Mr. Jones, with his purple pimple of a nose of the shape of a woman'sthimble standing out from the middle of his pale face, with a small butextraordinary light-blue eye twinkling on either side of it understraw-coloured lashes and eyebrows resembling oakum, listened to andaddressed the Captain with the utmost degree of respect. There was anair of shabbiness and of hard usage about his apparel that bespoke him aman whose locker was not likely to be overburthened with shot. His walkwas something of a shamble, that was heightened by the loose pair of oldcarpet slippers he wore, and by the frayed heels of his breeches. Hisage was probably thirty. He impressed me as a man whose appearancewould tell against him among owners and shipmasters, who would thereforeobtain a berth with difficulty, but who when once in possession wouldhold on tight by all possible strenuous effort of fawning, of agreeing,of submissively undertaking more work than a captain had a right to puthim to.

  While we thus stood I sent a look around the little _Light of the World_to see what sort of a ship we were aboard of, for down to this time Ihad scarcely had an opportunity of inspecting her. She was an oldvessel, probably forty years old. This I might, have guessed from theexistence of the cabins in the steerage; but her beam and the roundnessof her bows and a universal worn air, that answered to the wrinkles uponthe human countenance, likewise spoke her age very plainly. Her fittingswere of the homeliest: there was no brasswork here to glitter upon theeye; her deck furniture was, indeed, as coarse and plain as a smack's,with scars about the skylight, about the companion hatch-cover, aboutthe drumhead of the little quarter-deck capstan, and about the line ofthe poop and bulwark rail, as though they had been used over and overagain by generations of seamen for cutting up plug tobacco upon. She hada very short forecastle-deck forward, under which you saw the heel ofthe bowsprit and the heaped mass of windlass; but the men's sleepingquarters were in the deck beneath, to which access was to be had only bywhat is commonly called a fore-scuttle--that is to say, a little hatchwith a cover to it, which could be bolted and padlocked at will. Abaftthe galley lay the long-boat, a squab tub of a fabric like the motherwhose daughter she was. It rested in chocks, on its keel, and was lashedto bolts in the deck. There were some spare booms secured on top of it,but the boat's one use now was as a receptacle for poultry for theCaptain's table. On either side of the poop hung a quarter-boat indavits--plain structures, sharp-ended like whaling-boats. Add a fewdetails, such as a scuttle-butt for holding fresh water for the crew todrink from; a harness-cask against the cuddy-front, for storing thesalted meats for current use; the square of the main-hatch tarpaulinedand battened down; and then the yards mounting the masts and rising fromcourses to royals, spars and gear looking as old as the rest of theship, though the sails seemed new, and shone very white as the windswelled their breasts to th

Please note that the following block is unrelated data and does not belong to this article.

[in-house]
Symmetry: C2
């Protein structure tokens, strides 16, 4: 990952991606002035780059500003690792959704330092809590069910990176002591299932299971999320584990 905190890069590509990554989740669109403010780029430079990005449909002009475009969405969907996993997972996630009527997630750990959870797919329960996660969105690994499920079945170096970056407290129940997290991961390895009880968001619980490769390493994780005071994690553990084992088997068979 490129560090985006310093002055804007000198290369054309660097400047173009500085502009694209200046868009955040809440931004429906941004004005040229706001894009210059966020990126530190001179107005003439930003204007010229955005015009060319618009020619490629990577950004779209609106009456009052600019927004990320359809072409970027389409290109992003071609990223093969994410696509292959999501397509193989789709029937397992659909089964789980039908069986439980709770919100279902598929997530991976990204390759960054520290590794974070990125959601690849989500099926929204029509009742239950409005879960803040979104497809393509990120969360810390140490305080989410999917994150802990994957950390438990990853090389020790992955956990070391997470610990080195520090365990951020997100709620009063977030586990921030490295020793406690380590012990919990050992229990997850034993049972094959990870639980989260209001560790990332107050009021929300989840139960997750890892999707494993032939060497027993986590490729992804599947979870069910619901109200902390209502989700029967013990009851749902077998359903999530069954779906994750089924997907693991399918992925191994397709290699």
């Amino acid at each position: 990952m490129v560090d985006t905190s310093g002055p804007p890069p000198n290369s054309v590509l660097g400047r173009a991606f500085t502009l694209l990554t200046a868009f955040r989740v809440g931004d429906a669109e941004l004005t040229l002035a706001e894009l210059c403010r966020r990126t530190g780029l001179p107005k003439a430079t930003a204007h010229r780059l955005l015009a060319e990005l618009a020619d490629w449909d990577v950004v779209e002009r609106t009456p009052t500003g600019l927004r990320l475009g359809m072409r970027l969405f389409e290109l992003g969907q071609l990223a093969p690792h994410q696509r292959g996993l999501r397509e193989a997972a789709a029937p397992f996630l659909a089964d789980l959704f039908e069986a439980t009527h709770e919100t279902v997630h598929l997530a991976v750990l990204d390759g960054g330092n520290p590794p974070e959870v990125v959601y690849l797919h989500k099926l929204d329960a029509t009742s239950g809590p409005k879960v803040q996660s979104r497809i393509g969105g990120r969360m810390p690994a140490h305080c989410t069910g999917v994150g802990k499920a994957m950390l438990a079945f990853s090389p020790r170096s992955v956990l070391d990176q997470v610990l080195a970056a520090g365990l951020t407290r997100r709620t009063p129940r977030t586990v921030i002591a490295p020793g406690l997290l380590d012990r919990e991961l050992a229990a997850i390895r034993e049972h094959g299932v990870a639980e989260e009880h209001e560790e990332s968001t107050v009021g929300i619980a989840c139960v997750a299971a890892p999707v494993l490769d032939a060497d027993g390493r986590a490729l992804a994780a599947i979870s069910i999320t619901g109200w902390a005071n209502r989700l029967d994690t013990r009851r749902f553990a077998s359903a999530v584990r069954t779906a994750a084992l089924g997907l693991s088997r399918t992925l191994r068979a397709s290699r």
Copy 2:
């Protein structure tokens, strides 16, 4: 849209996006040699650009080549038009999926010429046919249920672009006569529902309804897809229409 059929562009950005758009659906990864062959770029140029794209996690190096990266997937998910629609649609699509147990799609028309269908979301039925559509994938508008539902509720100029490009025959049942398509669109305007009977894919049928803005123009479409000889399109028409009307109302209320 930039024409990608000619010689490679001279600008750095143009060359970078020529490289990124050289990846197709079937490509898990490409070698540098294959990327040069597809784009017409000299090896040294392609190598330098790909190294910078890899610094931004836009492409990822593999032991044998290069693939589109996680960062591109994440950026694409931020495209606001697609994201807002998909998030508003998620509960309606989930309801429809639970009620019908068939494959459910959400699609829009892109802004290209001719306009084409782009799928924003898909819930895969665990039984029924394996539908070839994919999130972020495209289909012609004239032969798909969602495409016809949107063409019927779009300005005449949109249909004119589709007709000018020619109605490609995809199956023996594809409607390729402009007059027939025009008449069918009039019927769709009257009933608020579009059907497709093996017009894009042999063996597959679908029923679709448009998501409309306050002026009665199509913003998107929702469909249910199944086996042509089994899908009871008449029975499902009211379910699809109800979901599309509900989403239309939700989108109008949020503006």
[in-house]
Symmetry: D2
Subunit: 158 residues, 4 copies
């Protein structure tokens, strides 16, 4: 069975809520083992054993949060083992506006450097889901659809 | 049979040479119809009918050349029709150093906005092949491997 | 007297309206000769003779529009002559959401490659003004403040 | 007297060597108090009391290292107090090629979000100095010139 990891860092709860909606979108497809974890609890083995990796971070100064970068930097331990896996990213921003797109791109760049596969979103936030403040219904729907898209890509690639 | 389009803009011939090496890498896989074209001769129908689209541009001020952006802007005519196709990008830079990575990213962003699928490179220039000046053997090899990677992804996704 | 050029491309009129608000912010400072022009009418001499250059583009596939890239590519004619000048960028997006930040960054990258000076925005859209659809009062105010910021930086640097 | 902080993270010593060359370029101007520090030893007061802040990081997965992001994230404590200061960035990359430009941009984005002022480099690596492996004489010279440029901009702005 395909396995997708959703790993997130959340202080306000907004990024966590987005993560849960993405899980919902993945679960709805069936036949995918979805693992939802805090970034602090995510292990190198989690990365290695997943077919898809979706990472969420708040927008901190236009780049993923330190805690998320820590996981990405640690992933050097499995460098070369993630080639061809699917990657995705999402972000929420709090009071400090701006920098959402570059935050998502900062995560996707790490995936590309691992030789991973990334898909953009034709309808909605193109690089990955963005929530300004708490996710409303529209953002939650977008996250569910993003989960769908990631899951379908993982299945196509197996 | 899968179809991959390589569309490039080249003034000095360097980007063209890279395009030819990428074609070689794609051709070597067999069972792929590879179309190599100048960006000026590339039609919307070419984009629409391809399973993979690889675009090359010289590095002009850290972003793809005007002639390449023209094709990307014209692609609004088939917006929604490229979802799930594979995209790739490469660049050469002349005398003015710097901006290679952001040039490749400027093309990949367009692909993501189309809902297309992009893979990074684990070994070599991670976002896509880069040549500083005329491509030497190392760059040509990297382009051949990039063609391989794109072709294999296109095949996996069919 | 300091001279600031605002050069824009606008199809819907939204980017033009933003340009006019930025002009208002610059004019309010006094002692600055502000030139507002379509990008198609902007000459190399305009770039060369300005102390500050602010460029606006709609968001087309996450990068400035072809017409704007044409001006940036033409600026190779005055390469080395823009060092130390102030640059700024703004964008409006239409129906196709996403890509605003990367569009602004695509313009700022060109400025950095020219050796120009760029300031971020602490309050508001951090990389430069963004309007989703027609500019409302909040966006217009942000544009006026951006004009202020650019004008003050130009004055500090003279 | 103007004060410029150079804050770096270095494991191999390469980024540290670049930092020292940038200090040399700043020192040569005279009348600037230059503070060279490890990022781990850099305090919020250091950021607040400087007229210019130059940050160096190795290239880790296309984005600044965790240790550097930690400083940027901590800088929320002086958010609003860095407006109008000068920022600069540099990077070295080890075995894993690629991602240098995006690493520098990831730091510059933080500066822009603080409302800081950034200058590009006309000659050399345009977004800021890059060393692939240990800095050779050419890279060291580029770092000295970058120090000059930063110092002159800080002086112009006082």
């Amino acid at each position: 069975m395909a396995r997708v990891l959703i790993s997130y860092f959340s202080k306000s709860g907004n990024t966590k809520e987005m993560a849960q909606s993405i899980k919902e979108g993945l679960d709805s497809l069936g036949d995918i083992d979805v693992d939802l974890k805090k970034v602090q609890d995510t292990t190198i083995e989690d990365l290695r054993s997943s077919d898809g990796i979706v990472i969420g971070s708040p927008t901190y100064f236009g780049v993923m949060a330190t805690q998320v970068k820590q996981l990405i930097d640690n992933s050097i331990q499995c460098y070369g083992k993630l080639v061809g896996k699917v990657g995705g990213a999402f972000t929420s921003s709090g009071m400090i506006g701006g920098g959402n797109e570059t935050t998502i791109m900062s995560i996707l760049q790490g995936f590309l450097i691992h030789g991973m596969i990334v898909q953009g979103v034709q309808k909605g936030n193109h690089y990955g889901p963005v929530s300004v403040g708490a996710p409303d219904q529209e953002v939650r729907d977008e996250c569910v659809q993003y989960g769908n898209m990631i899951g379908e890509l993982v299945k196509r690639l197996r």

e sun, and you have as good a picture as Ican put before you of this _Light of the World_ that was bearing Helgaand me hour by hour farther and deeper into the heart of the greatAtlantic, and that was also to be the theatre of one of the strangestand wildest of the events which furnished forth this trying anddesperate passage of my life.

  Captain Bunting moved away with an invitation in his manner to Helga towalk. I lingered to exchange a word with the mate from the mere desireto be civil. Helga called me with her eyes to accompany her, then,hearing me speak to Mr. Jones, she joined the Captain and paced by hisside. I spied him making an angle of his arm for her to take, but shelooked away, and he let fall his hand.

  'If Abraham Wise,' said I, 'agrees to sail with you, Mr. Jones, you willhave a very likely lively fellow to relieve you in keeping watch.'

  'Yes; he seems a good man. It is a treat to see a white face knockingabout this vessel's deck,' he answered in a spiritless way, as though hefound little to interest him when his Captain's back was turned.

  'You certainly have a very odd-looking crew,' said I. 'I believe Ishould not have the courage to send myself adrift along with one whiteman only aboard a craft full of Malays.'

  'There were three of us,' he answered, 'but Winstanley disappearedshortly after we had sailed.'

  As he spoke, Nakier, on the forecastle, struck a little silver-tonedbell eight times, signifying eight o'clock.